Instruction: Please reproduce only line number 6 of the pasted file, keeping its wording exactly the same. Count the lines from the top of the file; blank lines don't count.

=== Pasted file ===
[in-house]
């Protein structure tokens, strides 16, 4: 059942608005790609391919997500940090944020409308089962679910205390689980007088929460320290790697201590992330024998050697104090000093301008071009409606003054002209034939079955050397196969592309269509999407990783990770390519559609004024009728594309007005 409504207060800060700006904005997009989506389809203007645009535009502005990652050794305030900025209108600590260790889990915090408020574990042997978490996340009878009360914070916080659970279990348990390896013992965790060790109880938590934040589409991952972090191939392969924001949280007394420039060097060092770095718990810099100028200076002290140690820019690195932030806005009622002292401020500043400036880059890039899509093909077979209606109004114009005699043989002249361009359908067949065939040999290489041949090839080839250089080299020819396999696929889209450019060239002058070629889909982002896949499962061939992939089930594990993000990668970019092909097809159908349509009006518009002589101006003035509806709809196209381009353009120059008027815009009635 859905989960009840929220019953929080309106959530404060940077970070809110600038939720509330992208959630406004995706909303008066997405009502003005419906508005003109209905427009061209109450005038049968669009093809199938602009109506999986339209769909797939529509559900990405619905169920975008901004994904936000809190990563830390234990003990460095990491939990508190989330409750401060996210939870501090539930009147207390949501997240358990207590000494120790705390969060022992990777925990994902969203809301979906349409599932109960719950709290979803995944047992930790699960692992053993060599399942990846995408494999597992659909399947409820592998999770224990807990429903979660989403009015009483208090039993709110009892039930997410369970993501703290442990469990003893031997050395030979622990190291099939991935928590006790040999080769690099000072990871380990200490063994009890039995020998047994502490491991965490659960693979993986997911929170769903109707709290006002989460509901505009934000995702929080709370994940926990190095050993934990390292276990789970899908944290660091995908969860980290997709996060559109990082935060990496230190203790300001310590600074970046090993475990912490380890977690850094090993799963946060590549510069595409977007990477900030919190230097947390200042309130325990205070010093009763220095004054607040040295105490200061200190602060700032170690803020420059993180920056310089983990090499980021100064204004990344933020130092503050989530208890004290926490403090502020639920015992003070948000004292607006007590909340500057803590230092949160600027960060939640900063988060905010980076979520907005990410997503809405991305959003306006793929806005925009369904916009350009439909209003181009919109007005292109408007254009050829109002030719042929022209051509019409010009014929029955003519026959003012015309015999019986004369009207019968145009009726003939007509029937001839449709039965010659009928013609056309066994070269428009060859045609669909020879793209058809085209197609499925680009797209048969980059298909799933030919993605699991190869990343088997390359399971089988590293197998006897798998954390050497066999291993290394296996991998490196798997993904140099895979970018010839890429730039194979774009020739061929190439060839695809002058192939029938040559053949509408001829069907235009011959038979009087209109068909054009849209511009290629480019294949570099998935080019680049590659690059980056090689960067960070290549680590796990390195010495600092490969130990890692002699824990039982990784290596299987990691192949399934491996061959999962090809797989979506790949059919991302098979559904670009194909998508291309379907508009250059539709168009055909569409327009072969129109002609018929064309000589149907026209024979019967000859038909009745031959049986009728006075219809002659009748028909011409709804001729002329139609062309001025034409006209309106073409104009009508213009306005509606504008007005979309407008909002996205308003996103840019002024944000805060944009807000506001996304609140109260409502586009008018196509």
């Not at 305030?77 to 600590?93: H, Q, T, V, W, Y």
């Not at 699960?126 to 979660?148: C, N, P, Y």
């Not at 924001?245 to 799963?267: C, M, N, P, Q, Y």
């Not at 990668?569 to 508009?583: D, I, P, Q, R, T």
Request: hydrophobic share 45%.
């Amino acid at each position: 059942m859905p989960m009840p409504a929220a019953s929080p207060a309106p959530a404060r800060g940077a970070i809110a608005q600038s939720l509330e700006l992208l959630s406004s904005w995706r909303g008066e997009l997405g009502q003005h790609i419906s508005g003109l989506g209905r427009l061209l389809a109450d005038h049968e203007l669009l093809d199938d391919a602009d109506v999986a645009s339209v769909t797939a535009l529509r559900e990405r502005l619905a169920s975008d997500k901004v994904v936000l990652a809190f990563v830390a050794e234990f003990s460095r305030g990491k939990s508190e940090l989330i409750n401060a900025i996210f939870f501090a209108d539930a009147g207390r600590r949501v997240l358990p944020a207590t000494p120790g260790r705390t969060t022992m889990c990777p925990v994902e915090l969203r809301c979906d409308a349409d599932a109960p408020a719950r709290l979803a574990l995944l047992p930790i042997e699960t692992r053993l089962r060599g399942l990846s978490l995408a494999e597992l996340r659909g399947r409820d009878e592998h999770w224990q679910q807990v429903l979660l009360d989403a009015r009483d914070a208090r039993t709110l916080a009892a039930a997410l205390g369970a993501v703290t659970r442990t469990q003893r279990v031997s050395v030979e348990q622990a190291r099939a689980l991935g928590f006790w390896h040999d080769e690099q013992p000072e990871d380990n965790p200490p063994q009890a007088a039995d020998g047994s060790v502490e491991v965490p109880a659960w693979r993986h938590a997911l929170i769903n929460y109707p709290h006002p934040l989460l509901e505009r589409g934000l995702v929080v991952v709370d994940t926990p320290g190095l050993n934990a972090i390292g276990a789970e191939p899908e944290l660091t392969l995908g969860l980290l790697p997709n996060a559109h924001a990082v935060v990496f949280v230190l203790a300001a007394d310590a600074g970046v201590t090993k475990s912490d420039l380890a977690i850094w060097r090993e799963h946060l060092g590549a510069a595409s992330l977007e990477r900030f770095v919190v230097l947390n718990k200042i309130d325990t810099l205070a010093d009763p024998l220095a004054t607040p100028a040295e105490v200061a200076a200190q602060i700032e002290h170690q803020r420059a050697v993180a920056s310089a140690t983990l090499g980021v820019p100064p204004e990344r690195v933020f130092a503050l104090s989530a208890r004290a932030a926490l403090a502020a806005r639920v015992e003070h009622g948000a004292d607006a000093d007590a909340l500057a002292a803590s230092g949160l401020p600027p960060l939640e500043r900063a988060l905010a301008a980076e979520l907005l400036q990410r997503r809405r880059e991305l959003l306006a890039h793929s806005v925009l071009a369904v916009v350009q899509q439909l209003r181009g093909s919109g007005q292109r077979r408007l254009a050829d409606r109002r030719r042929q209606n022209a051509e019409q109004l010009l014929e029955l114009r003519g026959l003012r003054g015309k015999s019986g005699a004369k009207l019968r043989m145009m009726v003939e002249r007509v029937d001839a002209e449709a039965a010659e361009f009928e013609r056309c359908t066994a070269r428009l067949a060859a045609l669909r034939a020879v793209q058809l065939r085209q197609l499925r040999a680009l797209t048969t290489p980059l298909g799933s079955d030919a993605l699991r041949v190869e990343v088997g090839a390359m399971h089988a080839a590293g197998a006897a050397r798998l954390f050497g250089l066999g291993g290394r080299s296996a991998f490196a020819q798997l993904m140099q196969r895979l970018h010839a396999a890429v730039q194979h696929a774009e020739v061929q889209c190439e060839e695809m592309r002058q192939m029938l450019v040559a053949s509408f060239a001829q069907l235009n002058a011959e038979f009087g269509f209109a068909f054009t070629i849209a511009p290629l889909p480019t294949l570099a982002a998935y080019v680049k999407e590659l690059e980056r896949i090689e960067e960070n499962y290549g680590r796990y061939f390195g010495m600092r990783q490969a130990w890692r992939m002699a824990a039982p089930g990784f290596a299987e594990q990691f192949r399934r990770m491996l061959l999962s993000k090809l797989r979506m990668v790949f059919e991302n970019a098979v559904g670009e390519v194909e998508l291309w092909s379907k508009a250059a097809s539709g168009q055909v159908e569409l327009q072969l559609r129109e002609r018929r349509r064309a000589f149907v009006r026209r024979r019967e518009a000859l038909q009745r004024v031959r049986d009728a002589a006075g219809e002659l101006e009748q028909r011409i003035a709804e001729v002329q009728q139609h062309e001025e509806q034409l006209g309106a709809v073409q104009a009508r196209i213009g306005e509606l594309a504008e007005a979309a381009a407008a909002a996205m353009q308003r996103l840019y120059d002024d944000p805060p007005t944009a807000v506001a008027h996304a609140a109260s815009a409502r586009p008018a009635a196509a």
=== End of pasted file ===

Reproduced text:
């Not at 990668?569 to 508009?583: D, I, P, Q, R, T």